Financial analysts pour hours of their time into updating spreadsheets in Excel, or they spend time sitting at pricey Bloomberg terminals. Thinknum founders Justin Zhen and Gregory Ugwi have lived through these horror stories and cooked up a web-based tool that could bring analysts into the 21st century.
Today Thinknum announced a $1 million seed round that will help it hire more engineers and build its service, which already has a whole bunch of features.
Thinknum lets analysts at investment banks and hedge funds upload their financial models for projecting how things will turn out for companies’ finances under certain circumstances. It’s easy to automatically switch a company or a model. Tracking companies in a portfolio is a snap. And hey, it’s free, so long as you’re OK with keeping models open to the public.
Of course, some analysts will want to keep models private, and Thinknum has that covered. Special workspaces let analysts save and share their models privately. That feature rolled out a few weeks ago. “That’s how we monetize,” Zhen said in an interview with VentureBeat.
Like many other startups today, Thinknum believes in tapping a public cloud to perform distributed computation. Startups like Sense, Domino, and Plotly have taken this approach for helping data scientists do their work and collaborate. Data analysts recently got a helpful tool called Mode. Meanwhile Enigma and Marinexplore have ventured into uncharted waters with web apps for working with publicly available data sets. Now there’s Thinknum for quants.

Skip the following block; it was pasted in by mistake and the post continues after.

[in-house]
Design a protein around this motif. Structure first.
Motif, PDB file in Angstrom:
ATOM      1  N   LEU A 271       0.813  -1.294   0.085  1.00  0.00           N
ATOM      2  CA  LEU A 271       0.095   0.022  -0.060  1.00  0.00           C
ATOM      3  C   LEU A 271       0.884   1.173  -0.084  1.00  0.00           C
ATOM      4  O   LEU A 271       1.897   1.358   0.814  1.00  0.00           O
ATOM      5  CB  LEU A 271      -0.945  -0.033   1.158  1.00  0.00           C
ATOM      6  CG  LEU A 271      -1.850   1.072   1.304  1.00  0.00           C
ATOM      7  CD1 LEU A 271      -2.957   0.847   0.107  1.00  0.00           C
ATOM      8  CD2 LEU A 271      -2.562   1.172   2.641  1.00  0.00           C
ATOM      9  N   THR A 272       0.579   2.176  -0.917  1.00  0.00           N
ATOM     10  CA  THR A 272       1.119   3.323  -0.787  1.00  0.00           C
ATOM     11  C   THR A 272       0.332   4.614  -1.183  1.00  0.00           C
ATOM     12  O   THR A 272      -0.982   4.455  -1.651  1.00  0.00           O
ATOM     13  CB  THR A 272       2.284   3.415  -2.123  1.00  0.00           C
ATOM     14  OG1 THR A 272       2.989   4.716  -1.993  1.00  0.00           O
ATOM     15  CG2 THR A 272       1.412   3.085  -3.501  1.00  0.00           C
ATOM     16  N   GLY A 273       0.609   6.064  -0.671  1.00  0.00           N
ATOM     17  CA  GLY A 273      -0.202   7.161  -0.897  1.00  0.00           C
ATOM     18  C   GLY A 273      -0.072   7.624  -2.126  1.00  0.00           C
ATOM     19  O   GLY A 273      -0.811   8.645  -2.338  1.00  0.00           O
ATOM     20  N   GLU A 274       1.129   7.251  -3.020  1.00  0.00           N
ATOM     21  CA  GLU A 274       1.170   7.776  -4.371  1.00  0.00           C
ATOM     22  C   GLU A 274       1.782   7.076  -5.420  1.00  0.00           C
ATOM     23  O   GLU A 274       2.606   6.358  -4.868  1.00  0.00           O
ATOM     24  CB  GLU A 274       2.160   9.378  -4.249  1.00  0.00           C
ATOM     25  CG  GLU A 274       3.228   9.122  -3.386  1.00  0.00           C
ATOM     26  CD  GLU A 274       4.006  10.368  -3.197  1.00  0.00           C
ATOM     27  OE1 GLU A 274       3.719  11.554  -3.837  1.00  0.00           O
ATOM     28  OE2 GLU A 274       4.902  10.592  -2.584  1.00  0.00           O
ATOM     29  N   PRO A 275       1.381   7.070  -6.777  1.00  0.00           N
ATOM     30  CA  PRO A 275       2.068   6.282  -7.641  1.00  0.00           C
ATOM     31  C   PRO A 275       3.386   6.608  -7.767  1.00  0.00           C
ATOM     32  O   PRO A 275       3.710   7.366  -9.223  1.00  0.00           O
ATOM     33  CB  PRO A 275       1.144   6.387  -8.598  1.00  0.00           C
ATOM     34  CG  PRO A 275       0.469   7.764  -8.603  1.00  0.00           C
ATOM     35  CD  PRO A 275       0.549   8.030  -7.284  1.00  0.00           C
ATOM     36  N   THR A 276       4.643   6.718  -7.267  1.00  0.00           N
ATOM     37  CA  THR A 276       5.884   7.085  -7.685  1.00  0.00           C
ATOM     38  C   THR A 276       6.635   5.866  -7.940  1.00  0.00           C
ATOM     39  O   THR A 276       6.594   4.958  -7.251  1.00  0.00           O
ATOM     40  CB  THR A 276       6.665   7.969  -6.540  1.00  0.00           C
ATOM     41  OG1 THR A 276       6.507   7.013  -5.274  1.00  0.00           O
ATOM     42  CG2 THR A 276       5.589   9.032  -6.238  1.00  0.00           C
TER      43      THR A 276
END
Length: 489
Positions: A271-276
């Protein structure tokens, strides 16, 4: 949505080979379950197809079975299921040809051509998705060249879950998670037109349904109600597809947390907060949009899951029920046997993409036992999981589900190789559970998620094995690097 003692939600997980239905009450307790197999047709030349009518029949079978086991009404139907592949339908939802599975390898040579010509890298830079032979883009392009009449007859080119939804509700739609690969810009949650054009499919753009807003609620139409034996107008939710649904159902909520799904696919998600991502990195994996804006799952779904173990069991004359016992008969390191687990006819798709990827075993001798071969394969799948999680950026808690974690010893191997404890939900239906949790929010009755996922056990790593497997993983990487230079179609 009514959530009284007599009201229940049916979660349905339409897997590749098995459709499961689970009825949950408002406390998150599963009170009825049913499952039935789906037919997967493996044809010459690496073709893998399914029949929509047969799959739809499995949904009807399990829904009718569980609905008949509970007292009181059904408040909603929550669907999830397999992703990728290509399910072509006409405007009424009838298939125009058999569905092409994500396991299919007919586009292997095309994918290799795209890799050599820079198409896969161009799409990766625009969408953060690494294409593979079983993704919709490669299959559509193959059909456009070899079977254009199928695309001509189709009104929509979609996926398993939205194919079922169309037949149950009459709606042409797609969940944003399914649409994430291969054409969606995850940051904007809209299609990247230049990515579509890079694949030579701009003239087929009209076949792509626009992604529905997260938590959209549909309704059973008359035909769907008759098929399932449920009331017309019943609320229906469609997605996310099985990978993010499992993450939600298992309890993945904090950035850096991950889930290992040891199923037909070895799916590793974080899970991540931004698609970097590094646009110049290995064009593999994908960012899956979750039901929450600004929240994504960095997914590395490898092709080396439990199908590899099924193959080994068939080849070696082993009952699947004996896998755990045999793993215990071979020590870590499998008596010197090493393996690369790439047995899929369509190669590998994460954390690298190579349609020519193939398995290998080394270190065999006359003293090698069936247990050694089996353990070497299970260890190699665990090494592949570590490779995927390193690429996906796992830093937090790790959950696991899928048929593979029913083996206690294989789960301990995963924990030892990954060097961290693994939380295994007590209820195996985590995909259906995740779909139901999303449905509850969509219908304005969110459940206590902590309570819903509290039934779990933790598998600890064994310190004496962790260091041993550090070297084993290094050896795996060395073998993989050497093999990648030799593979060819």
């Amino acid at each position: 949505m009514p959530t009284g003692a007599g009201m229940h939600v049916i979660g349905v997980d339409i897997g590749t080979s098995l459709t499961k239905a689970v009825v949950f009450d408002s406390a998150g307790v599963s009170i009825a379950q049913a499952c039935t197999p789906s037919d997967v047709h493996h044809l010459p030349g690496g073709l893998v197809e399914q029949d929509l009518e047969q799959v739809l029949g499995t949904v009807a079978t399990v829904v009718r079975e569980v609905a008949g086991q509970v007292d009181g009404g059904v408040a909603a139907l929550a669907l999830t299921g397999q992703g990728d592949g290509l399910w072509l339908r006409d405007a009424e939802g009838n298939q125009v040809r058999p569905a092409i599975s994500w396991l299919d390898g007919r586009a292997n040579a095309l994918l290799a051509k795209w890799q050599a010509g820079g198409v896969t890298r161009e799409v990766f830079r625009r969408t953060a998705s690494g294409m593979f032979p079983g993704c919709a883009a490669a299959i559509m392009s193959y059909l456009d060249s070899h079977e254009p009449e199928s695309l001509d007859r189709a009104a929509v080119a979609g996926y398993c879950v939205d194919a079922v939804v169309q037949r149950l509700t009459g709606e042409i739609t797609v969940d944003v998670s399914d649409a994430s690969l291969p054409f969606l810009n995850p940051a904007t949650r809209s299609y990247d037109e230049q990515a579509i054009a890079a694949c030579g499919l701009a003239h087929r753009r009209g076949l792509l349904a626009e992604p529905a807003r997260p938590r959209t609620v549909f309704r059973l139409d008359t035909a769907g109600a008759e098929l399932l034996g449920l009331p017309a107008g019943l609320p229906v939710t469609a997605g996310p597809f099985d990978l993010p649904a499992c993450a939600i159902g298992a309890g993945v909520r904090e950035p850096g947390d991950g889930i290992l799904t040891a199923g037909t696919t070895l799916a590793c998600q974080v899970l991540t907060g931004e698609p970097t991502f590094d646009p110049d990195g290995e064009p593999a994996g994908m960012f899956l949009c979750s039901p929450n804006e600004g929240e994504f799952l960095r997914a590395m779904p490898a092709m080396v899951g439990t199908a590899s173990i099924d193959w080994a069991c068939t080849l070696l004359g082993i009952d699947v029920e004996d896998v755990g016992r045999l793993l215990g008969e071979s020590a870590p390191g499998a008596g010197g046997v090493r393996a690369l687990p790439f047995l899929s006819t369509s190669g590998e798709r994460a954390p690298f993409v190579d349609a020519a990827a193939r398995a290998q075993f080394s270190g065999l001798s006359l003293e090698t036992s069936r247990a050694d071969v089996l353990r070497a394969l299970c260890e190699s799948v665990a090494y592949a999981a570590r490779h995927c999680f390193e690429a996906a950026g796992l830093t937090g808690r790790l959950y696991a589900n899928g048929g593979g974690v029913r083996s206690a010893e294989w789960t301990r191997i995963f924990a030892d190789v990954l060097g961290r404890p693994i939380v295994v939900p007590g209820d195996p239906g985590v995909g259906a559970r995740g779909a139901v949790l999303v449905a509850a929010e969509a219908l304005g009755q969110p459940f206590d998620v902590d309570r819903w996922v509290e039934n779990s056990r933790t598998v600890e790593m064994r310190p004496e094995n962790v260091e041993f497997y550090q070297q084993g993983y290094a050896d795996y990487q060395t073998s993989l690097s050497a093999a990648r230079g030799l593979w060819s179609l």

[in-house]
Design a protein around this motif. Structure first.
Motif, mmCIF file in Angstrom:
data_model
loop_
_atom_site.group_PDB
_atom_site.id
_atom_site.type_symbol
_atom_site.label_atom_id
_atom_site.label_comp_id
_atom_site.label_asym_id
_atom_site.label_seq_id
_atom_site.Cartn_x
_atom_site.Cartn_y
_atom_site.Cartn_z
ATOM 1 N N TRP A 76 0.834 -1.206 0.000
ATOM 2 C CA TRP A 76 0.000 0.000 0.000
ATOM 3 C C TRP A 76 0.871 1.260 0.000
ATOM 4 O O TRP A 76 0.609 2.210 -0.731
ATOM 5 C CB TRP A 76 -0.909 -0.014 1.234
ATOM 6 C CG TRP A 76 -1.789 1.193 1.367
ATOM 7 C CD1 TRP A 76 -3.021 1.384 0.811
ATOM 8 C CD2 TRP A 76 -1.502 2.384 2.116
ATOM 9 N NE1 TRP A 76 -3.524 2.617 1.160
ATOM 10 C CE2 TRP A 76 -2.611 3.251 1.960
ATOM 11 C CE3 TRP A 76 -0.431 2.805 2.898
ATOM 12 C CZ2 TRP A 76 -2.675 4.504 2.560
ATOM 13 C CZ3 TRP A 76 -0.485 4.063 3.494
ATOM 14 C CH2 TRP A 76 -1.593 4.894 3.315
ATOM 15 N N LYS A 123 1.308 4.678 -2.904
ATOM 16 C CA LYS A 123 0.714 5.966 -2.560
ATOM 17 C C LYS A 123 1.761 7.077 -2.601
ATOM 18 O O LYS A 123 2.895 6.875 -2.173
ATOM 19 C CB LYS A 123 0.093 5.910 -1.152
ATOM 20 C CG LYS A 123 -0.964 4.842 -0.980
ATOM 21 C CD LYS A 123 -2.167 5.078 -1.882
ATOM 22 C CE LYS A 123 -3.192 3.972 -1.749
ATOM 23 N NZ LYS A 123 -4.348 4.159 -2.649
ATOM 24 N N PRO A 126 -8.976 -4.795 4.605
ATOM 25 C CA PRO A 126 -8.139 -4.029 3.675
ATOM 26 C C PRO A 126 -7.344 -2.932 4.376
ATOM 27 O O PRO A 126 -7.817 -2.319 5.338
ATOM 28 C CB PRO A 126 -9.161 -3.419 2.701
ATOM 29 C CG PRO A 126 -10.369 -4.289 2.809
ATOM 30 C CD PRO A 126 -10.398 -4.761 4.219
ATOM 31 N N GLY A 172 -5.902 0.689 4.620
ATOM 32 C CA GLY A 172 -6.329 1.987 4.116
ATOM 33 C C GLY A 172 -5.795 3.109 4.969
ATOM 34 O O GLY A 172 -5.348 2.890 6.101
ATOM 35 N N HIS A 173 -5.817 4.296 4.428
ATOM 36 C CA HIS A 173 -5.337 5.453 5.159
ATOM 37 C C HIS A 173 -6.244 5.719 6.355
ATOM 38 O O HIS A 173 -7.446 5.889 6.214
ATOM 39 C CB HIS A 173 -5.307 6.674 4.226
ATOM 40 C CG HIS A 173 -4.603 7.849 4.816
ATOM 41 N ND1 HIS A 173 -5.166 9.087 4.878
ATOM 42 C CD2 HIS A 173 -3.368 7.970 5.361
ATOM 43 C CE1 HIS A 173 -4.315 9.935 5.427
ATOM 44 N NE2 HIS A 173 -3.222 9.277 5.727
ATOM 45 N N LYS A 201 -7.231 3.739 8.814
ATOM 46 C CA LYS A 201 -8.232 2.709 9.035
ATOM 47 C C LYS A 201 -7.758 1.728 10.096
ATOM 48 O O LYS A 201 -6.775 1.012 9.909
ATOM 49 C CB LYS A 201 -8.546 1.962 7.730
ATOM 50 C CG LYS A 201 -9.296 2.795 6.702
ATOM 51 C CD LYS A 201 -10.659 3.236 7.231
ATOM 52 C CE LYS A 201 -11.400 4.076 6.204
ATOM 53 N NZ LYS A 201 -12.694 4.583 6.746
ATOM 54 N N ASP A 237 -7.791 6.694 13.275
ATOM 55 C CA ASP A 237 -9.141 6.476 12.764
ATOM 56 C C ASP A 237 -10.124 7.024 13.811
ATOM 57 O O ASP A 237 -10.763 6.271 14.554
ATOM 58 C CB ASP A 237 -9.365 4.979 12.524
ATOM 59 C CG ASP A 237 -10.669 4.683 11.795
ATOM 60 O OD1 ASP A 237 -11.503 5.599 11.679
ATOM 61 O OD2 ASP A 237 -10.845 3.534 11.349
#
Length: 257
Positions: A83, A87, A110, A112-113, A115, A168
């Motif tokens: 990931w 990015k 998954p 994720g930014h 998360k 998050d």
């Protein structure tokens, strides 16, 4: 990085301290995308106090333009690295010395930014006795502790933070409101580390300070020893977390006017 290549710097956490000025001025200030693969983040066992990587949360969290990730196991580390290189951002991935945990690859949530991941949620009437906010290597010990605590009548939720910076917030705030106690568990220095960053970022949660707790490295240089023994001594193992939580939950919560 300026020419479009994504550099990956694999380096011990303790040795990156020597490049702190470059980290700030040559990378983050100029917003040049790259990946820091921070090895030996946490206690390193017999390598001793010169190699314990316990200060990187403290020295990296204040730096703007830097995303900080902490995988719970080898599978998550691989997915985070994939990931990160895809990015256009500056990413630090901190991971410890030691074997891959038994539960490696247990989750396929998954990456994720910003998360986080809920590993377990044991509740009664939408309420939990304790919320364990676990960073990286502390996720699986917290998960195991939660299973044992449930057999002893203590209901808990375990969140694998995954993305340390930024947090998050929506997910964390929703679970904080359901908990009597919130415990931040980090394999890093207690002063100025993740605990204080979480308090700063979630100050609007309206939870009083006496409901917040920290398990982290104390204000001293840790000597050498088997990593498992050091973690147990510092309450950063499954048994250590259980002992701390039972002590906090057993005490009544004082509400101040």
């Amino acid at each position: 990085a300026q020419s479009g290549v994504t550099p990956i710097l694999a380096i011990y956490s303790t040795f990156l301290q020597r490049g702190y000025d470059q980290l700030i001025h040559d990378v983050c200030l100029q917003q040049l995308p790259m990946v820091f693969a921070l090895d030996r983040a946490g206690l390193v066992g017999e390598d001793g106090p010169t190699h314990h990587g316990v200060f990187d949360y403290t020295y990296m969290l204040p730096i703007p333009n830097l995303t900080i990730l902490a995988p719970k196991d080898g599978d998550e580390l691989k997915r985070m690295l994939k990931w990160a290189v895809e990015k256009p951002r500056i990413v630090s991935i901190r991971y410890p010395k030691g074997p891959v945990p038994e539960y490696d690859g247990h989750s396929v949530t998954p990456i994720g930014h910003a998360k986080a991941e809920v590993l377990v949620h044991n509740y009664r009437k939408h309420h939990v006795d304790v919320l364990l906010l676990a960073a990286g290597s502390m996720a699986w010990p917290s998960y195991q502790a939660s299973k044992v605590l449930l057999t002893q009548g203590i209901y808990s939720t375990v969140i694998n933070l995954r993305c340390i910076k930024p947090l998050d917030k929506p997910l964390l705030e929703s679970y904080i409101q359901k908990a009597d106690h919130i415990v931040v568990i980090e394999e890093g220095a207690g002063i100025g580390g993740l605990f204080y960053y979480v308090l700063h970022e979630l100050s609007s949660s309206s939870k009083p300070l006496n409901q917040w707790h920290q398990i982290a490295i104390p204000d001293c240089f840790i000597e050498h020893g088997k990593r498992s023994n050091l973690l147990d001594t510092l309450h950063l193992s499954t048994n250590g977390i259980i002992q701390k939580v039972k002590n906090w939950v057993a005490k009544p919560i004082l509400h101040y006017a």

After Zhen and Ugwi met at Princeton University, the former went to a hedge fund, and the latter to Goldman Sachs.
“We always sort of kept in touch,” he said. “We noticed traders were emailing spreadsheets back and forth and updating data manually. It was just really inefficient, so we wanted to solve that pain point.”
Pejman Mar Ventures led the round. 500 Startups, 645 Angels, Green Visor Capital, Signatures Capital also participated.
Four people now work at Thinknum, which is currently going through 500 Startups’ accelerator program.
It might take time for lots of analysts to get aboard a newfangled web-based service and step away from Bloomberg, or even a simple widget like Yahoo Finance. For small investing groups, though, Thinknum might have a shot at getting traction.
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